Nightcation breaks – A growing trend among workaholic Britons
Every week one in ten Britons is squeezing an extra week of unpaid work into their working schedule
As a result, British workers give away more than ?157bn in unpaid overtime every year.
More workaholic Britons are taking a Saturday Nightcation in order to recharge their batteries and boost relationships
Workaholism is a growing addiction among Britain?s workforce, according to new research issued today by Travelodge. So big is the problem that one in ten British workers is cramming a whole extra week of unpaid work on top of their working schedules. Meanwhile a third of Britons are working an additional 16 hours per week, in order to manage their workload and keep their boss happy.
In today?s volatile financial climate, work has become the core of modern life with a third of respondents reporting they are working an average of 16 hours a week more than they did five years ago.
This overtime culture means the average worker puts in 9.1 extra unpaid hours every week, which translates into ?5,276.18 in unpaid time every year. Across the working population, this means British workers give away ?157.2bn in unpaid time.
All work and no play is creating a relentless pressure on British workers, with 66% of adults experiencing soaring stress levels on a regular basis and 31% finding it difficult to get through the average week.
The research also reveals that job insecurity and having to work around the clock is such a priority for workers that 37% of workaholic Britons are forgoing a long holiday and are instead opting for a series of regular stress buster Nightcation breaks – in order to de-stress and recharge.
A third of workers believe taking regular one night breaks throughout the year is better for their well being than taking one long holiday. A quarter of workers surveyed admitted they relied on a regular Nightcation break to help them get through their manic work schedule.
Shakila Ahmed, Travelodge Spokeswoman said: ?This year we have experienced a significant rise in just Saturday night bookings compared to previous years. To obtain a better understanding of the rational behind this trend we commissioned research to investigate how the economic crisis is affecting the psychologies of British holidaymakers.
?Our research findings have highlighted that Nightcation breaks are a growing trend amongst Britons as they are an easy to book, cost effective short break that help workaholic Britons recuperate and recharge for the week ahead.?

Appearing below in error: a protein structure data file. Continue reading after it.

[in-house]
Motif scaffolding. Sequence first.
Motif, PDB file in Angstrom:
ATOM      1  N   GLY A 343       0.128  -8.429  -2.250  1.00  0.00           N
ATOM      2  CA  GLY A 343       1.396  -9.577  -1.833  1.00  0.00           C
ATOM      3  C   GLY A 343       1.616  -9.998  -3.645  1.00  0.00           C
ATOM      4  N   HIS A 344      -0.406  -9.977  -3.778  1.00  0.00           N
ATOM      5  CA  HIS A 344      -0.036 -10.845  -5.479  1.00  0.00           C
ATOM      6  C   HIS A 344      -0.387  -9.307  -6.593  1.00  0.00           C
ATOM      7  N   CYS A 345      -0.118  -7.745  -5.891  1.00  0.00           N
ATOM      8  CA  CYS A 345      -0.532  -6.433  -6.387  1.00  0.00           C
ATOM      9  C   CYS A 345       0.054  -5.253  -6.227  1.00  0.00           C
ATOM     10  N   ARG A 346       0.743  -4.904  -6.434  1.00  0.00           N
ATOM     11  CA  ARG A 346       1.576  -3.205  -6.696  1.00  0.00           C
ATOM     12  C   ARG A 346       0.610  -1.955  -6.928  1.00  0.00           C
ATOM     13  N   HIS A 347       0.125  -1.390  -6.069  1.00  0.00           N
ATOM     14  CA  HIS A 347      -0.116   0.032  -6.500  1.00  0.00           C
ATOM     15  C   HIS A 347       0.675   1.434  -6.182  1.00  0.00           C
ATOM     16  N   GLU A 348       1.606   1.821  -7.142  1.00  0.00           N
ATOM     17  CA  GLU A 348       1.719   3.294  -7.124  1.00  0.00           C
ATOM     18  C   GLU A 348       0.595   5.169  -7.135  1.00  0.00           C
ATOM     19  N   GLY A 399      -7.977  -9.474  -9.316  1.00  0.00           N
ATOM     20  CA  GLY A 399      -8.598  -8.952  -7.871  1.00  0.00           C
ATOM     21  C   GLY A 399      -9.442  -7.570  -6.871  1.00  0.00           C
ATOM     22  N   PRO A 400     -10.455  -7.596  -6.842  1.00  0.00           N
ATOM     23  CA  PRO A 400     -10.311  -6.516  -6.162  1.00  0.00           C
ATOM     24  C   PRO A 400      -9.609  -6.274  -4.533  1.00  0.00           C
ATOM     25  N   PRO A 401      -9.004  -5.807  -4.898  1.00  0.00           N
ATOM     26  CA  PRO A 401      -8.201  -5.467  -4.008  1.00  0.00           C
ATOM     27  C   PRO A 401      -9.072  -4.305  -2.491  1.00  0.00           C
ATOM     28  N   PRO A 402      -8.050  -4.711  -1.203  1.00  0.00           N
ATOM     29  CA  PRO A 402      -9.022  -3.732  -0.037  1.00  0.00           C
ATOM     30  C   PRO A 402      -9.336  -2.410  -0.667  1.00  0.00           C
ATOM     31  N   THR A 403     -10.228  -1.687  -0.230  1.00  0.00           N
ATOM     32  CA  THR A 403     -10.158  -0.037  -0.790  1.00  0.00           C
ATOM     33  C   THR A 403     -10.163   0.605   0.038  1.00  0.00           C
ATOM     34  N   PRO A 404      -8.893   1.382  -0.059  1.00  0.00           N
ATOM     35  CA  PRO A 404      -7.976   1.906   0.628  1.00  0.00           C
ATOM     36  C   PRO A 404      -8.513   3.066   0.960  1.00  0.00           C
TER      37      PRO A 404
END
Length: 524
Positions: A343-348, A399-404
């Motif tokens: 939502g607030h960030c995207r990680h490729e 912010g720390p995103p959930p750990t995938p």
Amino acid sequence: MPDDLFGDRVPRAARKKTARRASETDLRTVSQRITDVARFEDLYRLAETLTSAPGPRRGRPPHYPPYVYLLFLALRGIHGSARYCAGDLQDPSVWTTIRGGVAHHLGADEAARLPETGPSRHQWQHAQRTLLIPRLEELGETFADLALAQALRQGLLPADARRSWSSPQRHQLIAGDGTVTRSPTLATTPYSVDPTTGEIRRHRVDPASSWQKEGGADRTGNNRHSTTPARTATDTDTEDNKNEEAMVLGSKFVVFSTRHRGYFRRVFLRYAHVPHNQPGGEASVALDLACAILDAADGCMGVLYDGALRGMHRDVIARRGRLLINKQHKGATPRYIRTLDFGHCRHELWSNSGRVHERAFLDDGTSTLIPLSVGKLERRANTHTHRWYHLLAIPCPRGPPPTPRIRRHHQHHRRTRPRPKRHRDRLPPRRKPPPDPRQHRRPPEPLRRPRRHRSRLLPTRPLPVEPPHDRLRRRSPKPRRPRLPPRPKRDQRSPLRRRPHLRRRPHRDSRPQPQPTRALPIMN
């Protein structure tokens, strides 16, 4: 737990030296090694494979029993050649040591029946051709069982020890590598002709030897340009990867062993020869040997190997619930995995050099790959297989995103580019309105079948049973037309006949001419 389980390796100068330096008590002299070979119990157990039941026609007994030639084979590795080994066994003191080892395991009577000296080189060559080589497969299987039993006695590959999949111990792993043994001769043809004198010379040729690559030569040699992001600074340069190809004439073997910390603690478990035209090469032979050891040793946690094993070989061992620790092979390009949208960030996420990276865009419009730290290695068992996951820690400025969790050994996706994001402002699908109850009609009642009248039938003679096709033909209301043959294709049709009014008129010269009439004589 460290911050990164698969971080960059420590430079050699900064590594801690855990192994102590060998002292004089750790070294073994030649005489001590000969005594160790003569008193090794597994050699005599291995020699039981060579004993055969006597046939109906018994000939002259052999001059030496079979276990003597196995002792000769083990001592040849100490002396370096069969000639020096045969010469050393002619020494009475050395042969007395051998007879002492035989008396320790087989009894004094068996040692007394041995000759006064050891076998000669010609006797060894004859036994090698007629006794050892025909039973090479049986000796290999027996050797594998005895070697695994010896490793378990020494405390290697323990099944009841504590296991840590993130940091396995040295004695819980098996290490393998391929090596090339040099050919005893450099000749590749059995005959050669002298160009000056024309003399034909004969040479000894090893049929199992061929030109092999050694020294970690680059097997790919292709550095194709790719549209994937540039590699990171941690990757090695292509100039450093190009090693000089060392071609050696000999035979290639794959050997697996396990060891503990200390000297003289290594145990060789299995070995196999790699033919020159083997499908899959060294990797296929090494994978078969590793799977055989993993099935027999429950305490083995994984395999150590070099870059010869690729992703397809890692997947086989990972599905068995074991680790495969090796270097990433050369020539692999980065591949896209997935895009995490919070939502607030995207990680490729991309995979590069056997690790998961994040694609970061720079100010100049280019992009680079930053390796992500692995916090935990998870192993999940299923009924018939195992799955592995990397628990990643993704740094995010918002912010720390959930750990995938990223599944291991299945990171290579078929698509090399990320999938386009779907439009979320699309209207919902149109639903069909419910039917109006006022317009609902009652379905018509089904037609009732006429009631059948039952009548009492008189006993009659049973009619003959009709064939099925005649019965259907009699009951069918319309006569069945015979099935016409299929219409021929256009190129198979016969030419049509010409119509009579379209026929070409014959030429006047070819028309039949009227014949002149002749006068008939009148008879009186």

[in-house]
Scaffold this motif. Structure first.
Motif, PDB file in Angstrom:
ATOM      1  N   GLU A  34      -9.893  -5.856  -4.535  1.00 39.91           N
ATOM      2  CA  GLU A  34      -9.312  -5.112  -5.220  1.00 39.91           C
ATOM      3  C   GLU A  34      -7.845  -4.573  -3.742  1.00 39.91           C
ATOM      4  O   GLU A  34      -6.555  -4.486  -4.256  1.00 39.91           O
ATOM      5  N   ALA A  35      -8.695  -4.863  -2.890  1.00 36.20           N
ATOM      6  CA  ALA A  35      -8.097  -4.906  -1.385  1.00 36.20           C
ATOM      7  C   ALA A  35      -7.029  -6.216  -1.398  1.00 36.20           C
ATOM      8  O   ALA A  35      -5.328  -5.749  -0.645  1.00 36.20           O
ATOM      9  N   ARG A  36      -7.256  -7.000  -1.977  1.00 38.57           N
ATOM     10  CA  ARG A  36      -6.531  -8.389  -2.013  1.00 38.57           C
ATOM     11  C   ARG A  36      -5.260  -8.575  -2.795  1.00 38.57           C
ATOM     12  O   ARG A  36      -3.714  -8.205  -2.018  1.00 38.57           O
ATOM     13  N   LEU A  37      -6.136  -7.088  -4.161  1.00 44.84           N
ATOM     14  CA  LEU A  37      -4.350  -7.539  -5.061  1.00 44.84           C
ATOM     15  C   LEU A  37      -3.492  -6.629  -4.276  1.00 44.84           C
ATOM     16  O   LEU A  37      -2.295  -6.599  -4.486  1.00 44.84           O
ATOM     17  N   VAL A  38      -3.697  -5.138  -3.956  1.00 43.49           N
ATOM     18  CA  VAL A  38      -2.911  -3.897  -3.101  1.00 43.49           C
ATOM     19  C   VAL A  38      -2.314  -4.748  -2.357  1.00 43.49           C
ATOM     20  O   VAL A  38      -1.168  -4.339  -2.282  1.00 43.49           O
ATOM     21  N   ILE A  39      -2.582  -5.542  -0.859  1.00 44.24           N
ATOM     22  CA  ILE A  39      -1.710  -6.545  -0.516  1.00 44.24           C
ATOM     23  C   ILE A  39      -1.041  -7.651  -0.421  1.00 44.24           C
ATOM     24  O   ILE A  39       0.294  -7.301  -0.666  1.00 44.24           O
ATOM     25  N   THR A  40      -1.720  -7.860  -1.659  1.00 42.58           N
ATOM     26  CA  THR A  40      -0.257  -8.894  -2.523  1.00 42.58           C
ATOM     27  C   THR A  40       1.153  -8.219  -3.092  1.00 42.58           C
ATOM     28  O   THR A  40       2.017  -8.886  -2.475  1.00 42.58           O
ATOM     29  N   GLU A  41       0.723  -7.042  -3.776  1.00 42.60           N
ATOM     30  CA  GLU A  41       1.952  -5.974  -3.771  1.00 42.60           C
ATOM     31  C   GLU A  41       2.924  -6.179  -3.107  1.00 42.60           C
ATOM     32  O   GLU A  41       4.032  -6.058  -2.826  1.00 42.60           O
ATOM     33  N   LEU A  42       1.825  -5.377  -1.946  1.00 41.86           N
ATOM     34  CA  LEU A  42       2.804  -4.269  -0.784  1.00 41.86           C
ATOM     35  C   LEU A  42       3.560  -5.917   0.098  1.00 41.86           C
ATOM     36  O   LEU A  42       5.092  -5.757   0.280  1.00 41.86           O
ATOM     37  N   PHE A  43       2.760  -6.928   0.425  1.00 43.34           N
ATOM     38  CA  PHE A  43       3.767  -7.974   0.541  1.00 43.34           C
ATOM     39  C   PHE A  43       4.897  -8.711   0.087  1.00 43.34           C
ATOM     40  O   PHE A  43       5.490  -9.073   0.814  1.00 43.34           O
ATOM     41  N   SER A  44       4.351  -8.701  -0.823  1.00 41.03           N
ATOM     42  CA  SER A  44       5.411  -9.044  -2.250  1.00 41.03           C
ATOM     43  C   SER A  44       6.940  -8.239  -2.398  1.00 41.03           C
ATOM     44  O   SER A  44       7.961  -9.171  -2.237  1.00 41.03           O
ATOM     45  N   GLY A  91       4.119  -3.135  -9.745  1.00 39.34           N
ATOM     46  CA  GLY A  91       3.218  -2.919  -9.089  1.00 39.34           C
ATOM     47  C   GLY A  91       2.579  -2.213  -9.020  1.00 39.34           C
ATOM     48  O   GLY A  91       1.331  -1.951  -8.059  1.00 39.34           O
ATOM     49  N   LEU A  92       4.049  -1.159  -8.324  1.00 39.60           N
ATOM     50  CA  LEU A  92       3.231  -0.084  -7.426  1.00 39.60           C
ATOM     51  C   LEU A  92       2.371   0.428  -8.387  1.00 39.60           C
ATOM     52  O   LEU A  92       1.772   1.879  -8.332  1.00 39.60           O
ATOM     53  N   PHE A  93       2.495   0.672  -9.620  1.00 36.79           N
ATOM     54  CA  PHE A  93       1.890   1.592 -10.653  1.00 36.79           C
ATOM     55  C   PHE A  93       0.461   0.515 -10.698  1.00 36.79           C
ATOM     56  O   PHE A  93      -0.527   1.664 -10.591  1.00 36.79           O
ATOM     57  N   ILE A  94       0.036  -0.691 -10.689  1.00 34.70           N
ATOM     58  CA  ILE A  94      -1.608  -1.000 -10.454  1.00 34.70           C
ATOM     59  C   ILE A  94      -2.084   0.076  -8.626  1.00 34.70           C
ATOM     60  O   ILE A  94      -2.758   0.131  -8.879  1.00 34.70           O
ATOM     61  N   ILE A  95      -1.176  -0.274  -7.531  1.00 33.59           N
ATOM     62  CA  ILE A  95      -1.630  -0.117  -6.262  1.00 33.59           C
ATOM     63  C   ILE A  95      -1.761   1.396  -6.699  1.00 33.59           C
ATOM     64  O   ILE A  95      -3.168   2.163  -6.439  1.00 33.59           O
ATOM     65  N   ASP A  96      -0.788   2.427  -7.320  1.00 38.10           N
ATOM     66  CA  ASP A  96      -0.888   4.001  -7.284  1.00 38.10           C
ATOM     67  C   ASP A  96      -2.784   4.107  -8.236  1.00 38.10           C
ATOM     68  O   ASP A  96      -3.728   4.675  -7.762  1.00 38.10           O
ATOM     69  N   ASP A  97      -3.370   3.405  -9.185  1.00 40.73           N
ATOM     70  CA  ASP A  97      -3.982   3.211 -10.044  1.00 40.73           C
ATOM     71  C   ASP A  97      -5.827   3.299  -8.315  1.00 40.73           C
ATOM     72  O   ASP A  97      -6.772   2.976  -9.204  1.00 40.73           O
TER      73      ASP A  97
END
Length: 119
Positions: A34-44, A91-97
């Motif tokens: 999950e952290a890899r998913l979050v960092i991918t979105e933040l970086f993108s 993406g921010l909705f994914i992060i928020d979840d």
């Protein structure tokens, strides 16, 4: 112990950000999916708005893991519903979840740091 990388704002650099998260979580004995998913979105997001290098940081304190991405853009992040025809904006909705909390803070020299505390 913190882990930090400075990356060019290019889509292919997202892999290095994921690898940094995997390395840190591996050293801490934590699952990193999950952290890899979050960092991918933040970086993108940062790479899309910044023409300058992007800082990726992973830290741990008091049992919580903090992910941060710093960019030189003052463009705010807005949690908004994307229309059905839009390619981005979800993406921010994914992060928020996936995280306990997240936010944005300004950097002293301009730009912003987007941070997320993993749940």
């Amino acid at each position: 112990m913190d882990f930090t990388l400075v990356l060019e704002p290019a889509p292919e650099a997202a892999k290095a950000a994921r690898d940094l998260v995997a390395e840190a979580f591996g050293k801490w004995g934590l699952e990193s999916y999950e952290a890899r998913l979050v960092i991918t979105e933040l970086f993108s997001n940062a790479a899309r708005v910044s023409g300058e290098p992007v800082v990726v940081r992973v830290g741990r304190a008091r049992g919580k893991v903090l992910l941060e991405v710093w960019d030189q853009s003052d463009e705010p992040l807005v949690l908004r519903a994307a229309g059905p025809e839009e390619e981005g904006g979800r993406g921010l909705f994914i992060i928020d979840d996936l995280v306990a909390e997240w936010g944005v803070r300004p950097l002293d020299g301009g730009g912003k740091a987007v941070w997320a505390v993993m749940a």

More than a third of workers recognise that a Nightcation gives their relationship with their partner a much needed boost and reignites the spark. In addition two thirds of respondents said a good night?s sleep and a good value hotel were factors that encouraged them to book regular Nightcation breaks.
Corinne Sweet, psychologist and author of Change Your Life with CBT said: ?This research is certainly a wake-up call for us to switch off our gadgets and get away from the clutter, pressure and stress of working life. Cramming an extra week?s worth of work into an average week shows danger signs of us becoming a nation of workaholics, heading for serious psychological and physical ?burnout?.
?Yet, home can also be cluttered and pressured, and it can be harder to switch off from work than we hope. So a ?Nightcation? could make a huge difference to well being by providing a way to switch off. A night away can provide a simple change of scenery, relief from routine and responsibility, and a chance to relax, sleep and enjoy time with your partner ? or even alone.
?Even just knowing you are going to have a night away can boost your endorphin levels, and therefore support your immune system, just like the old ?change is as good as a rest? maxim.?
Further research findings highlighted that 40% of workers have to regularly work at home in the evenings, and a third have to put in extra hours over the weekend in order to manage their workload.
Cramming in such busy workloads comes at a cost, with relaxation time at a premium. A third of workers spend less than six hours relaxing at the weekend and 60% head into each weekend knowing they won?t be able to get work out of their minds at all.
On top of all this, 24/7 access to email is an added intrusion that makes it even harder for workers to unwind. The constant presence of email means that workers are always plugged into the office and are checking their inboxes around the clock.
One in five adults surveyed said that they check their email as soon as they wake up in the morning whilst 13% of workers stated they regularly wake up in the middle of the night to check incoming emails.
One in ten workers reported they will regularly interrupt important conversations with loved ones to check their work email and, in another snub to loved ones, over half of British workers admitted to missing an important family occasion due to work.